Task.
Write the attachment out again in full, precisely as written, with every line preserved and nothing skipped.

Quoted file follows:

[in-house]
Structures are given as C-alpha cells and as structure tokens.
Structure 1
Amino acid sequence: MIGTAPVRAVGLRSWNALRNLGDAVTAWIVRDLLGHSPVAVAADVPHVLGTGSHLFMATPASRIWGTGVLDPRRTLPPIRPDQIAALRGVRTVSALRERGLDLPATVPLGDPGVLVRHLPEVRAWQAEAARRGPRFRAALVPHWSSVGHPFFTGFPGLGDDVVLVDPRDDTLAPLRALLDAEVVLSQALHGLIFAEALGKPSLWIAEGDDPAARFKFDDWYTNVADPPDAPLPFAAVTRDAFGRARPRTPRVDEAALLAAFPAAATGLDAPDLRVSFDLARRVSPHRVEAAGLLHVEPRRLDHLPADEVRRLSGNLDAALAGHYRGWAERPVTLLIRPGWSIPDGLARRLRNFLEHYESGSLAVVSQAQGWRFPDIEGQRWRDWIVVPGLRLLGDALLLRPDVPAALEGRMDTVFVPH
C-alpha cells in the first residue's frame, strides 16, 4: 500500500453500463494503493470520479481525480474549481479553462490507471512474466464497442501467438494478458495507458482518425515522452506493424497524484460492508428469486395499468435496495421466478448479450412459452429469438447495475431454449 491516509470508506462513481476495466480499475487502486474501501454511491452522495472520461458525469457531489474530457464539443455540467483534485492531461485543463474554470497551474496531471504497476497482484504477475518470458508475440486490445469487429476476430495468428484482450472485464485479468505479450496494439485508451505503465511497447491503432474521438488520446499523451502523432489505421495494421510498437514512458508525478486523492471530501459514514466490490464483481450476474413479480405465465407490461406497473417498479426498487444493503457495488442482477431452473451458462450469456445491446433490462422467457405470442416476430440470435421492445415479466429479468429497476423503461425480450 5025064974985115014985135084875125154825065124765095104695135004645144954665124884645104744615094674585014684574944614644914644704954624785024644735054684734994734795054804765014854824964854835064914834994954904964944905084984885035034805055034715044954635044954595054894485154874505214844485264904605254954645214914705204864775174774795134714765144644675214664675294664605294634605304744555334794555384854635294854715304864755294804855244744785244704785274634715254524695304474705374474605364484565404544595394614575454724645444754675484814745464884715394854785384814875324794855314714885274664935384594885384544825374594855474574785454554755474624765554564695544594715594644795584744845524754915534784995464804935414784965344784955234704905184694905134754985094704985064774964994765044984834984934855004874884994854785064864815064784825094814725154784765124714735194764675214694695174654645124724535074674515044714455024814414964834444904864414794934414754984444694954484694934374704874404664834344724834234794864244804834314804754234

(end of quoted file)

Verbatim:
[in-house]
Structures are given as C-alpha cells and as structure tokens.
Structure 1
Amino acid sequence: MIGTAPVRAVGLRSWNALRNLGDAVTAWIVRDLLGHSPVAVAADVPHVLGTGSHLFMATPASRIWGTGVLDPRRTLPPIRPDQIAALRGVRTVSALRERGLDLPATVPLGDPGVLVRHLPEVRAWQAEAARRGPRFRAALVPHWSSVGHPFFTGFPGLGDDVVLVDPRDDTLAPLRALLDAEVVLSQALHGLIFAEALGKPSLWIAEGDDPAARFKFDDWYTNVADPPDAPLPFAAVTRDAFGRARPRTPRVDEAALLAAFPAAATGLDAPDLRVSFDLARRVSPHRVEAAGLLHVEPRRLDHLPADEVRRLSGNLDAALAGHYRGWAERPVTLLIRPGWSIPDGLARRLRNFLEHYESGSLAVVSQAQGWRFPDIEGQRWRDWIVVPGLRLLGDALLLRPDVPAALEGRMDTVFVPH
C-alpha cells in the first residue's frame, strides 16, 4: 500500500453500463494503493470520479481525480474549481479553462490507471512474466464497442501467438494478458495507458482518425515522452506493424497524484460492508428469486395499468435496495421466478448479450412459452429469438447495475431454449 491516509470508506462513481476495466480499475487502486474501501454511491452522495472520461458525469457531489474530457464539443455540467483534485492531461485543463474554470497551474496531471504497476497482484504477475518470458508475440486490445469487429476476430495468428484482450472485464485479468505479450496494439485508451505503465511497447491503432474521438488520446499523451502523432489505421495494421510498437514512458508525478486523492471530501459514514466490490464483481450476474413479480405465465407490461406497473417498479426498487444493503457495488442482477431452473451458462450469456445491446433490462422467457405470442416476430440470435421492445415479466429479468429497476423503461425480450 5025064974985115014985135084875125154825065124765095104695135004645144954665124884645104744615094674585014684574944614644914644704954624785024644735054684734994734795054804765014854824964854835064914834994954904964944905084984885035034805055034715044954635044954595054894485154874505214844485264904605254954645214914705204864775174774795134714765144644675214664675294664605294634605304744555334794555384854635294854715304864755294804855244744785244704785274634715254524695304474705374474605364484565404544595394614575454724645444754675484814745464884715394854785384814875324794855314714885274664935384594885384544825374594855474574785454554755474624765554564695544594715594644795584744845524754915534784995464804935414784965344784955234704905184694905134754985094704985064774964994765044984834984934855004874884994854785064864815064784825094814725154784765124714735194764675214694695174654645124724535074674515044714455024814414964834444904864414794934414754984444694954484694934374704874404664834344724834234794864244804834314804754234